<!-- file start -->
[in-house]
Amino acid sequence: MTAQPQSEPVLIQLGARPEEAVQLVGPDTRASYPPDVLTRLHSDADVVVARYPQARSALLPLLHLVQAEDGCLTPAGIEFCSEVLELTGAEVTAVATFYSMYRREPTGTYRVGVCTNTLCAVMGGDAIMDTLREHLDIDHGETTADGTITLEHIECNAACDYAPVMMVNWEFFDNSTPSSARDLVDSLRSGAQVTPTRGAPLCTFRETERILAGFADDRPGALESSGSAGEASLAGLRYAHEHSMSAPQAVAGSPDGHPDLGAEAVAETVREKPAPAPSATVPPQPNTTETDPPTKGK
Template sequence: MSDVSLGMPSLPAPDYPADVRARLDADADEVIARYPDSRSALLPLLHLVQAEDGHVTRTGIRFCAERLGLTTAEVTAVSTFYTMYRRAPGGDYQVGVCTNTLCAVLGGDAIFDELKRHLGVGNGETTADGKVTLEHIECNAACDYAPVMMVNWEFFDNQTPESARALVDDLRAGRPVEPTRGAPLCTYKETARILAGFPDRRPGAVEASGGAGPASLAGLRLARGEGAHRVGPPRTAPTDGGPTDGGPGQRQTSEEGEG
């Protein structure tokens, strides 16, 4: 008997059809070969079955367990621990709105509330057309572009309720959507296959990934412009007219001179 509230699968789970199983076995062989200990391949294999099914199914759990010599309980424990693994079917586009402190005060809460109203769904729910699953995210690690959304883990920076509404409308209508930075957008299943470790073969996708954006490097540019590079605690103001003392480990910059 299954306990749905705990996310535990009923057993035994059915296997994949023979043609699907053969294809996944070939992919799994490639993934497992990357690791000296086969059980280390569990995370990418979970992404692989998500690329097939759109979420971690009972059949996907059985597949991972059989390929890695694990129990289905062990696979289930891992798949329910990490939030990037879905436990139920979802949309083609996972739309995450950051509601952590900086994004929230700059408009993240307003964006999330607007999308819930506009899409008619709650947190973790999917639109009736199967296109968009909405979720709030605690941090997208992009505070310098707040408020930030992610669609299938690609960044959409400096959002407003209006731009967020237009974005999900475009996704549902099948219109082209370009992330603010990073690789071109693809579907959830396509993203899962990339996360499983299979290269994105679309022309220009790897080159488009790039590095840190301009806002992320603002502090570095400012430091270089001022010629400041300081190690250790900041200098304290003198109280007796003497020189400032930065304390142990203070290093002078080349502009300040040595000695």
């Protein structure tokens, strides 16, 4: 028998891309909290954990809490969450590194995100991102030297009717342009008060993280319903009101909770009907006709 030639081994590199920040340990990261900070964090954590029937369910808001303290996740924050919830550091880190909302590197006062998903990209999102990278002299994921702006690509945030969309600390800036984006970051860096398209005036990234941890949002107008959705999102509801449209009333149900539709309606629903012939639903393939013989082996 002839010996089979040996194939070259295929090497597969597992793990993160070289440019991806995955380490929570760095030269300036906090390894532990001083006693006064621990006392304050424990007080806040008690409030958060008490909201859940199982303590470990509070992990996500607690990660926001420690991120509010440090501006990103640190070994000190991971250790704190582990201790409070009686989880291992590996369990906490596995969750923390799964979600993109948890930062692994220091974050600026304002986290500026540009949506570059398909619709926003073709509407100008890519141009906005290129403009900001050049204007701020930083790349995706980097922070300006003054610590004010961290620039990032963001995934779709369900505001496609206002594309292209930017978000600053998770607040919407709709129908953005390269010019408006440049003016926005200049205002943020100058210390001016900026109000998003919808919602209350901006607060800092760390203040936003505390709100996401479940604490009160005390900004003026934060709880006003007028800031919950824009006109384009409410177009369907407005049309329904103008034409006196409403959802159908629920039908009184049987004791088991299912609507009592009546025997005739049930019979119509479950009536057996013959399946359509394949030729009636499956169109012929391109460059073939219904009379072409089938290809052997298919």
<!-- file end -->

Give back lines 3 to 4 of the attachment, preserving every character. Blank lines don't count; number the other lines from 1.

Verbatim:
Template sequence: MSDVSLGMPSLPAPDYPADVRARLDADADEVIARYPDSRSALLPLLHLVQAEDGHVTRTGIRFCAERLGLTTAEVTAVSTFYTMYRRAPGGDYQVGVCTNTLCAVLGGDAIFDELKRHLGVGNGETTADGKVTLEHIECNAACDYAPVMMVNWEFFDNQTPESARALVDDLRAGRPVEPTRGAPLCTYKETARILAGFPDRRPGAVEASGGAGPASLAGLRLARGEGAHRVGPPRTAPTDGGPTDGGPGQRQTSEEGEG
């Protein structure tokens, strides 16, 4: 008997059809070969079955367990621990709105509330057309572009309720959507296959990934412009007219001179 509230699968789970199983076995062989200990391949294999099914199914759990010599309980424990693994079917586009402190005060809460109203769904729910699953995210690690959304883990920076509404409308209508930075957008299943470790073969996708954006490097540019590079605690103001003392480990910059 299954306990749905705990996310535990009923057993035994059915296997994949023979043609699907053969294809996944070939992919799994490639993934497992990357690791000296086969059980280390569990995370990418979970992404692989998500690329097939759109979420971690009972059949996907059985597949991972059989390929890695694990129990289905062990696979289930891992798949329910990490939030990037879905436990139920979802949309083609996972739309995450950051509601952590900086994004929230700059408009993240307003964006999330607007999308819930506009899409008619709650947190973790999917639109009736199967296109968009909405979720709030605690941090997208992009505070310098707040408020930030992610669609299938690609960044959409400096959002407003209006731009967020237009974005999900475009996704549902099948219109082209370009992330603010990073690789071109693809579907959830396509993203899962990339996360499983299979290269994105679309022309220009790897080159488009790039590095840190301009806002992320603002502090570095400012430091270089001022010629400041300081190690250790900041200098304290003198109280007796003497020189400032930065304390142990203070290093002078080349502009300040040595000695």